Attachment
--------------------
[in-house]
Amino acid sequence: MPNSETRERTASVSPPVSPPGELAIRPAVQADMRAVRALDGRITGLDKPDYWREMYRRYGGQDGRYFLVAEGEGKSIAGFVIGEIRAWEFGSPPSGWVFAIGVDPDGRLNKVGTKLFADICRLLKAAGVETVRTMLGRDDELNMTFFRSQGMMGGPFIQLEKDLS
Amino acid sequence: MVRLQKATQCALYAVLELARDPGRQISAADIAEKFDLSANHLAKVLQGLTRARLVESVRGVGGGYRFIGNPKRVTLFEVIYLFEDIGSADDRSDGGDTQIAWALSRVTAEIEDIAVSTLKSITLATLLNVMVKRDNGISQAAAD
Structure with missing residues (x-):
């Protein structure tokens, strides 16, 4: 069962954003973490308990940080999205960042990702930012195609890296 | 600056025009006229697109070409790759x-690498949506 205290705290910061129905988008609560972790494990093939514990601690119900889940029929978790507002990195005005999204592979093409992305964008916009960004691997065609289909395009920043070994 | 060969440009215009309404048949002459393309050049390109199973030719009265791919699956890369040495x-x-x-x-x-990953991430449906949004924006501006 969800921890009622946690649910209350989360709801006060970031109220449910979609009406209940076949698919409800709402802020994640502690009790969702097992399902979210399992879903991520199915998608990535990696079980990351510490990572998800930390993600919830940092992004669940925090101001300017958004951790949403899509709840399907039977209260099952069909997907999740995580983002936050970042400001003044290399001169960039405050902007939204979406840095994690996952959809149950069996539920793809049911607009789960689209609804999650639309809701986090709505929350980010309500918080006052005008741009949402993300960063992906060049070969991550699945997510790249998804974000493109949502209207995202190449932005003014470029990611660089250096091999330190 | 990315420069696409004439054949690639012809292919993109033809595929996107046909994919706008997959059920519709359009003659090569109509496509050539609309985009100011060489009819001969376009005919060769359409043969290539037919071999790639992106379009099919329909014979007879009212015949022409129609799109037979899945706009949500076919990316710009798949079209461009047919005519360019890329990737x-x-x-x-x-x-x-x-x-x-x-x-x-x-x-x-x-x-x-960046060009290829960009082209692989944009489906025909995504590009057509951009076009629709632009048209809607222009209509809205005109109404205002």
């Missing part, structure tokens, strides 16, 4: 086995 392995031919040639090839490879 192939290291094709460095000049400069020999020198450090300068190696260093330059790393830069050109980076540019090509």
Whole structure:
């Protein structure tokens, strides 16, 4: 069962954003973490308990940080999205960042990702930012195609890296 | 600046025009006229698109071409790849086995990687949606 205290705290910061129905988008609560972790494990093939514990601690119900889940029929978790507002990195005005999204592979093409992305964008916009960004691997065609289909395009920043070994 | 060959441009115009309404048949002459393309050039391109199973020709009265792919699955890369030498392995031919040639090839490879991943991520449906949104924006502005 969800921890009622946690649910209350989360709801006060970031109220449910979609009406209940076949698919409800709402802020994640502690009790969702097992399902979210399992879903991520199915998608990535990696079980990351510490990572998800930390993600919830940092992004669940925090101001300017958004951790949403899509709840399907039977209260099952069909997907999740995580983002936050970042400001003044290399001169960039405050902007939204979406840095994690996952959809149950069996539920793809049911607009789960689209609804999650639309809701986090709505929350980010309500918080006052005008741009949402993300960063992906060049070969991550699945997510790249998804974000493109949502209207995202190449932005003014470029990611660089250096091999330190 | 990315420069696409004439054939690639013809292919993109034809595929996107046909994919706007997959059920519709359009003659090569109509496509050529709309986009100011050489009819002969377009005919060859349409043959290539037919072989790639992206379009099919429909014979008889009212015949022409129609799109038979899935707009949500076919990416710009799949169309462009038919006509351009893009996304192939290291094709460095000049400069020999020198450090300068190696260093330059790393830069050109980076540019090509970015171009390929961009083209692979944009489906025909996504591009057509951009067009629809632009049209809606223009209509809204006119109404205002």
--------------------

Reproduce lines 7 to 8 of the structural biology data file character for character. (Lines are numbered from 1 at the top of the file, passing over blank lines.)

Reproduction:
Whole structure:
């Protein structure tokens, strides 16, 4: 069962954003973490308990940080999205960042990702930012195609890296 | 600046025009006229698109071409790849086995990687949606 205290705290910061129905988008609560972790494990093939514990601690119900889940029929978790507002990195005005999204592979093409992305964008916009960004691997065609289909395009920043070994 | 060959441009115009309404048949002459393309050039391109199973020709009265792919699955890369030498392995031919040639090839490879991943991520449906949104924006502005 969800921890009622946690649910209350989360709801006060970031109220449910979609009406209940076949698919409800709402802020994640502690009790969702097992399902979210399992879903991520199915998608990535990696079980990351510490990572998800930390993600919830940092992004669940925090101001300017958004951790949403899509709840399907039977209260099952069909997907999740995580983002936050970042400001003044290399001169960039405050902007939204979406840095994690996952959809149950069996539920793809049911607009789960689209609804999650639309809701986090709505929350980010309500918080006052005008741009949402993300960063992906060049070969991550699945997510790249998804974000493109949502209207995202190449932005003014470029990611660089250096091999330190 | 990315420069696409004439054939690639013809292919993109034809595929996107046909994919706007997959059920519709359009003659090569109509496509050529709309986009100011050489009819002969377009005919060859349409043959290539037919072989790639992206379009099919429909014979008889009212015949022409129609799109038979899935707009949500076919990416710009799949169309462009038919006509351009893009996304192939290291094709460095000049400069020999020198450090300068190696260093330059790393830069050109980076540019090509970015171009390929961009083209692979944009489906025909996504591009057509951009067009629809632009049209809606223009209509809204006119109404205002």